on March 3, 2011
I don't write many reviews for products that I buy, but this product deserves some recognition. In a few words: It is amazing. I love many things about this phone that I may have to list the pros and cons...I think I will actually do just that:
The screen, measured diagonally, is about 4.3". This is very large. If you are used to a smaller screen like on the iPhone, get ready for some adaptation to this phone. The screen's size makes it easier to see things like text, pictures, etc. The only bad thing about this screen is that when you compare it to the iPhone 4, you can tell that the Inspire does not have a "Retina Display" as Apple calls it. In other words, you can more easily see pixels displayed on the Inspire than you can on the iPhone 4. Although, don't get me wrong. The Inspire's screen is very nice and sharp with good brightness settings overall, it just isn't as sharp as the iPhone 4's screen. Also, the outer screen is made of a Gorilla Glass, which is much stronger than the glass on other lesser quality phones.
Flashy and Fun OS
Android 2.2 (otherwise known as Froyo), is a very nice OS. I like all of the small graphical details that were put into this OS's design. Things like rain drops falling on your screen to rays of light surrounding a sun show for the various weather updates. Mind you, I am completely new to Androids in general, I am not always the easiest to please when it comes to technology. I also like how you have 7 screens to put widgets, apps, etc. on for fast access.
I have to say that it is quite sleek. The phone looks like what it is worth, maybe even more. From the metal uni-body backing to the large screen, it is a very attractive phone overall that will make others around you envious.
Snappy Processor(Pun intended)
The Snapdragon 1Ghz processor in this thing is pretty fast. Moving from app to app is very quick. You can listen to music and do something else on the phone simultaneously with no problems at all. I have yet to try out some graphic intensive games on this phone but I'm sure it at least matches that of the iPhone 4. Also, web pages seem to load much faster than on previous devices that I have used.
This is one of the biggest things for me coming from an iPhone 4. With this phone, I can finally browse the internet and view/interact with flash-based embedded videos or programs. For example, if you go to a news website and want to see the news in video form, you can't do it on the iPhone 4 because it doesn't have flash support built into Safari. On the Inspire, you can view all that stuff and more. Mind you, when you load a web page with several flash videos embedded, scrolling may get choppy but not too bad. It's to be expected since this is not running a 4 Ghz OC Core i7 or anything like that...
Touch-Sensitive Fast Access Buttons
The 4 "buttons" located at the bottom of the phone are very nice. After being use to the physical button on the iPhone 4, these are much nicer in my opinion. There's no need to press hard on the at all. The buttons sense your finger as if it were a touch screen and the phone vibrates in response to the action to let you know that you pressed it. As for the functionality of these keys, the one on the left is used to take you back to the home screen that displays the clock, etc. Press this button again and it will display all 7 screens of the OS for quick access to your other pages full of apps and widgets. The 2nd button brings up a menu for whatever you are viewing on the phone. If you are viewing your FaceBook news feed, press this for an option to refresh the page. This is very useful and convenient. The 3rd button takes you back to the previous page(s), whether you were browsing or listening to music, it will bring you back to the screen you were viewing before that one. The last one is the search button. Just press this and you can search the phone or the web for anything you want. Also, if you hold this button, voice search will come up which will allow you to give commands such as "navigate to..." for gps navigation or "Call..." to call somebody on your contacts list. Overall, these buttons are very nice and I use them quite often.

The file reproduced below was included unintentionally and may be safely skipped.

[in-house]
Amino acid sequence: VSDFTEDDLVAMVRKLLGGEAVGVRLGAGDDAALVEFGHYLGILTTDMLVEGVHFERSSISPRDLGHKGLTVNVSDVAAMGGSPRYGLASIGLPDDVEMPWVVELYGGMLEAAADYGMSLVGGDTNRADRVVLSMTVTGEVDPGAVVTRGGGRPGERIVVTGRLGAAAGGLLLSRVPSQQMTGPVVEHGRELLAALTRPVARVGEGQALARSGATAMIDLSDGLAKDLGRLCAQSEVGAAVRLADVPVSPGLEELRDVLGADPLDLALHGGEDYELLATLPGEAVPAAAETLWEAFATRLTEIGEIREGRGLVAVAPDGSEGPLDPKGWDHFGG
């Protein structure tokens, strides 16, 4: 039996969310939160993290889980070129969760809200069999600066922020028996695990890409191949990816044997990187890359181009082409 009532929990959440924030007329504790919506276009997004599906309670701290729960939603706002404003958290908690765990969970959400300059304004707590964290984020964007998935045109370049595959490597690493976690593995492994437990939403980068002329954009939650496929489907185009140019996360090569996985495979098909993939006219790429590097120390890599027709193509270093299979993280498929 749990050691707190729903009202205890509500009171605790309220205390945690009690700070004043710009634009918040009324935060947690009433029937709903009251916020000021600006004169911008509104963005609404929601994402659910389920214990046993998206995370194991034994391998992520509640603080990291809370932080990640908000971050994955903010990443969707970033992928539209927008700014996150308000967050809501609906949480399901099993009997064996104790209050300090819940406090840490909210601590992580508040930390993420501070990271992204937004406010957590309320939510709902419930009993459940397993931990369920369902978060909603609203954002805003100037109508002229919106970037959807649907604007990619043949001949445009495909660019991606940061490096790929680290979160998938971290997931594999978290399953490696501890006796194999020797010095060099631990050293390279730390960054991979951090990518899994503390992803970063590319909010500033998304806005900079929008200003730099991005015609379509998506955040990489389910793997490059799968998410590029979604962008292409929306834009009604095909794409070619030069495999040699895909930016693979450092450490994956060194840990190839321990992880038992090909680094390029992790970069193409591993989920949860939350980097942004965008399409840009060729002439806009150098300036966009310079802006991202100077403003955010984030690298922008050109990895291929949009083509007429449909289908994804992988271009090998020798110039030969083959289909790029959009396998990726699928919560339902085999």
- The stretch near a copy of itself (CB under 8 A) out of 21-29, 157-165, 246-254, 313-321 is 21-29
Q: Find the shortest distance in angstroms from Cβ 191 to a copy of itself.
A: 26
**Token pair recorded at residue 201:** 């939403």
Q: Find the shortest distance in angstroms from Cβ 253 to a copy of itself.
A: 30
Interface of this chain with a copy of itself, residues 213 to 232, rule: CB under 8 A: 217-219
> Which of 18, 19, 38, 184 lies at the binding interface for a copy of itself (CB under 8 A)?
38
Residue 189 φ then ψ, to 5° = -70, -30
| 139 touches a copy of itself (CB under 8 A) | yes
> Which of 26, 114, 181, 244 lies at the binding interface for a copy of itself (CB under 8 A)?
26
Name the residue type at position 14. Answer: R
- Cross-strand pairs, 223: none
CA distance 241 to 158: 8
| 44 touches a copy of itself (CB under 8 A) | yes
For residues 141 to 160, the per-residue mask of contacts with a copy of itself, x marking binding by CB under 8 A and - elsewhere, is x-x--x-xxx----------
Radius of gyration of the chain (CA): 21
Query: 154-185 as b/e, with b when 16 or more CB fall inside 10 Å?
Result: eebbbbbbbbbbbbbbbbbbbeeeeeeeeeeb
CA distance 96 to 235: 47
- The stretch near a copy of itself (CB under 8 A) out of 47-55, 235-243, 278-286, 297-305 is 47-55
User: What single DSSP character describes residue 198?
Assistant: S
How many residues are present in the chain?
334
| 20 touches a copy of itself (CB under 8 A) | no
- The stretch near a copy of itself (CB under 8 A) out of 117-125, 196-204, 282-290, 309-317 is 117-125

8 MP Camera with 720p HD Video Recording
I have only used the camera on the Inspire a few times for both pictures and video and I have to say that the quality is actually better than my dedicated digital camera, which also has 8 MP quality. When you use the came to take pictures, you can literally hear the lens focusing for a better shot. There is also a dual LED flash next to the lens which can get extremely bright. I use it often for the camera as well as the Flashlight app preinstalled on the phone. The video recording is very sharp and the sound is clear due to the phone having two mics for noise cancellation.
Clear Voice Calls
As I just said in the previous Pro, the Inspire has 2 microphones, one on the bottom of the phone and one on the back next to the camera. This makes it so that when you are talking to someone, the quality of the voice you are sending to the other person is clear and crisp whereas on other phones the other person may hear background noise if you are in a car, etc.
Built in Dolby Sound
The Dolby sound in this device is amazing! When I listen to music using my Apple earphones, I have noticed a huge increase in bass from previous devices. It is a very nice feature to have and I might have just purchased this phone just for this sound quality if I had known previously.
-Sub Par Battery Life-
The Inspire comes with a 1230 mAh Lithium-Ion Battery. When compared to other current release phones, this is fairly low. Heavy users may have a problem with this. I have had this phone for a week now and it seems to last the entire day from the time I wake up and take it off charge to the point of me going to sleep that same day. So I'd say anywhere from 12 to 20 hours with intermediate use. Of course, if you use the phone to voice call people and chat for 3 or 4 hours, the battery will obviously drain much more quickly. I generally just browse the internet, listen to music, check email, watch a few videos, etc. If you watch full-length movies or make a lot of voice calls, the battery may last about half or 2/3 of what I'm getting currently with my personal use (12-20 hours average). I know this is a huge factor for some because many people are away from home often and need the phone for calls and such. Bottom line is the battery life isn't horrible, but it isn't great either. If you find the battery life to be just awful, might I suggest purchasing a second battery. Unlike the iPhone 4, you can actually take the battery out of this phone anytime you want. Edit: I suggest the "New Trent iTruck IMP880 8900mAh External Battery Pack and Charger" as a handy recharger for this phone as well as many other compatible devices.